Learning Space 102: Celebrating the Moon

By on September 17, 2015 in

This week’s episode hit on three big Moon related topics. Catch all the details you need below!

International Observe the Moon Night

save-the-date-300x197This weekend, on Saturday 19 September, we’re celebrating International Observe the Moon Night (InOMN). This global celebration of the Moon has activities planned on every continent of Earth except for Antartica, and with some of the events (like those here on CosmoQuest!) taking place in virtual spaces, none of you have an excuse not to get involved.

Here at SIUE, we’re preparing in two ways. We’re going to be doing a real-life event here in Edwardsville at Annie’s Frozen Custard at 6pm with the local Riverbend Astronomy Club. I’ll be there and I have every intension of inviting you in via Periscope (follow @CosmoQuestX on Twitter). We’ll also be doing online events all day. Watch for a blog post on CosmoQuest’s main blog on Friday.

However you choose to celebrate InOMN, we want to hear about it. Please share photos either in the Flickr Group or Twitter with the hashtag #moonnight.

International Observe the Moon Night (InOMN) is an annual worldwide public event that encourages observation, appreciation, and understanding of our Moon and its connection to NASA planetary science and exploration. Everyone on Earth is invited to join the celebration by hosting or attending an InOMN event — and uniting on one day each year to look at and learn about the Moon together. Want to plan ahead? In 2016, InOMN will be on 8 October.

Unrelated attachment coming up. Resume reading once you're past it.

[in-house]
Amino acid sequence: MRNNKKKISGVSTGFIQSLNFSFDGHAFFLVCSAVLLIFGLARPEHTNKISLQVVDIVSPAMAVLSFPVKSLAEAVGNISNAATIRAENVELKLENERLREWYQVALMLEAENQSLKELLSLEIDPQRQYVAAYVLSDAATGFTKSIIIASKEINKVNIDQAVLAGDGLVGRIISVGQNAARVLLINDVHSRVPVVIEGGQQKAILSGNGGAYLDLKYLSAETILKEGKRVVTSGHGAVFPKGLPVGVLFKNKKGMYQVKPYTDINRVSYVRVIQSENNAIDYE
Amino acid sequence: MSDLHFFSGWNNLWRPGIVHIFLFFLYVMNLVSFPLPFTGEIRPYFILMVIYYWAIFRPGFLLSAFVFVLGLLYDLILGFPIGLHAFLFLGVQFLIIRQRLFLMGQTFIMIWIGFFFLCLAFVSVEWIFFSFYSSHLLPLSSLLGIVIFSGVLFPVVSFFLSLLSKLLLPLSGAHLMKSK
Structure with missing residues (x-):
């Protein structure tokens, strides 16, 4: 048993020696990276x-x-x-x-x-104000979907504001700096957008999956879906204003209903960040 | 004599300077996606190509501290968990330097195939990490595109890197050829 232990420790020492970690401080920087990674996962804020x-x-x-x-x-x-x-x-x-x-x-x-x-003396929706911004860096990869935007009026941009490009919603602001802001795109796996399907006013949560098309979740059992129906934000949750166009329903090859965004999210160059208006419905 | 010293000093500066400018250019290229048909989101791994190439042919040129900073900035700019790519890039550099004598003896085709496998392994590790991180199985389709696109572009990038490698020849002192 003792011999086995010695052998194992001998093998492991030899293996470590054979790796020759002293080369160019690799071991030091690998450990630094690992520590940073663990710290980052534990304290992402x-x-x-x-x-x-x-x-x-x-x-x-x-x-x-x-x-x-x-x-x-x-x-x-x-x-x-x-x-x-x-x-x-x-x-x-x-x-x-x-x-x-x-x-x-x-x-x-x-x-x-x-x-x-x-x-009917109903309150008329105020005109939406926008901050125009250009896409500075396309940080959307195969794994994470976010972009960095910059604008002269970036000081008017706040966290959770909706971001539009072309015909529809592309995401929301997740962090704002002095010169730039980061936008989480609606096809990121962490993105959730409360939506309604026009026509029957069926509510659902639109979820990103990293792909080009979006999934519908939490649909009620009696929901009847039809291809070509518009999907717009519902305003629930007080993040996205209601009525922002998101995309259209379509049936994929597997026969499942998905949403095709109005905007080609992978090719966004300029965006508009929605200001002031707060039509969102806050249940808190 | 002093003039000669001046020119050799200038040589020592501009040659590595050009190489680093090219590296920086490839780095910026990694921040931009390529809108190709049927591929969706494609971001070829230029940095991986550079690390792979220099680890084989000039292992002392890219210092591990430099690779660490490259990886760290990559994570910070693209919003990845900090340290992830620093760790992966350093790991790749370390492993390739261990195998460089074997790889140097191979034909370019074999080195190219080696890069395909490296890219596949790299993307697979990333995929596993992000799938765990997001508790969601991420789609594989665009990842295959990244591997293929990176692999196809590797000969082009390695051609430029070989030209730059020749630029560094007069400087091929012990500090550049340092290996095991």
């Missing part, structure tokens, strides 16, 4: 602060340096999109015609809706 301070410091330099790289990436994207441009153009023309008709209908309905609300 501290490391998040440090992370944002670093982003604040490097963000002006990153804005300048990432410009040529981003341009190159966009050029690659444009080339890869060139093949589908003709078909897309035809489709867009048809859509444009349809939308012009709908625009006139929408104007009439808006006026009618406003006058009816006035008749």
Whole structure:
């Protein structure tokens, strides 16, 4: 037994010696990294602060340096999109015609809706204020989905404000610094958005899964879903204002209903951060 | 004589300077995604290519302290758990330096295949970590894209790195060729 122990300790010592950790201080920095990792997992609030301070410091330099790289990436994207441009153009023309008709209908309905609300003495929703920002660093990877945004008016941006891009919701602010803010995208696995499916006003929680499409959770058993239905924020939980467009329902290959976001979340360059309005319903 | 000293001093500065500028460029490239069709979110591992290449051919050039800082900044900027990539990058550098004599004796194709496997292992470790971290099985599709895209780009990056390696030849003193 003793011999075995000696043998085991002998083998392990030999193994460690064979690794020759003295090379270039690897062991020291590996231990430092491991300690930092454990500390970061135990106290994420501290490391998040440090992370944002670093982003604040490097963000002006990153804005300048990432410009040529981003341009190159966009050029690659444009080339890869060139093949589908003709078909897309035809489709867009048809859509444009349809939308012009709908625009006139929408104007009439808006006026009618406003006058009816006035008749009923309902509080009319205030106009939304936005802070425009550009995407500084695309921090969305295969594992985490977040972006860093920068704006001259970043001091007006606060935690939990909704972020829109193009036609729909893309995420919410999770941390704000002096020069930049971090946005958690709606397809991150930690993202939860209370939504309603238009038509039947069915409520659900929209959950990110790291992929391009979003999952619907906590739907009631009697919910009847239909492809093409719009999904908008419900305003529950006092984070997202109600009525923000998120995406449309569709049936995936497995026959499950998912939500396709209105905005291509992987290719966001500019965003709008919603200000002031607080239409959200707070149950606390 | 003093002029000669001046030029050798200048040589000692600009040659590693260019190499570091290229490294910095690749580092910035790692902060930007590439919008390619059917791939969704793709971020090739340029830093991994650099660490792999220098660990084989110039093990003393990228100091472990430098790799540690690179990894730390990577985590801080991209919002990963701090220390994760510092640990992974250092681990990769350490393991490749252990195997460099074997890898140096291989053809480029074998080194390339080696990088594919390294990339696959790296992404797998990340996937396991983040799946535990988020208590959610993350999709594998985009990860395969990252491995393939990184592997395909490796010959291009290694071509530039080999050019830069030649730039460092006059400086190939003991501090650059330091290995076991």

27/28 September Lunar Eclipse

Are you in the Americas or western Europe or Africa? You have a lunar eclipse coming your way. Here are the key times to look up with links to find out what these times are for your location:

  • P1: 00:11:47 UT (all times)
    Moon enters the Earth’s Penumbra (you likely won’t see anything).

  • U1: 01:07:11 UT (all times)
    Moon enters the Earth’s Umbra and a dark gray or red “eclipsed” region begins to be apparent.
  • U2: 02:11:10 UT (all times)
    Moon fully inside Umbra and appears fully eclipsed.
  • U3: 03:23:05 UT (all times)
    Moon begins to exit the Umbra and a brightened area begins to grow.
  • U4: 04:27:03 UT (all times)
    Moon completely exits Umbra, but still in Penumbra.
  • P4: 05:22:27 UT (all times)
    Moon exits the Penumbra.

There are lunar eclipses 1-3 times a year, depending on how things do (or do not) line up between the Earth, Moon, and Sun. Put simply, the Moon’s orbit around the Earth is tilted, and we only get eclipses when the Moon’s wandering path aligns so that the Moon is above the Earth’s ecliptic exactly opposite from the Sun. You can play with a lunar eclipse simulator.

Want to tweet an explanation? @AstroKatie has you covered.
Screen Shot 2015-09-16 at 5.03.50 PM

Lunar Phases

There are countless (as far as we’re willing to count) explanations of lunar phases out on the Internet. We’re at a loss to identify any one written description that is particular better than all the others, but there is one simulator that stands out for being awesome: The Nebraska Applet Project’s Lunar Phase Simulator.

Screen Shot 2015-09-16 at 5.20.08 PM

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3 Responses to Learning Space 102: Celebrating the Moon

  1. Richard Drumm September 18, 2015 at 5:28 pm #

    This episode of Learning Space will be put into the 365 Days of Astronomy schedule so that it plays on InOMN itself! Usually we run it on Wednesdays, but we’ll make an exception for this one! Yipee!
    Rich

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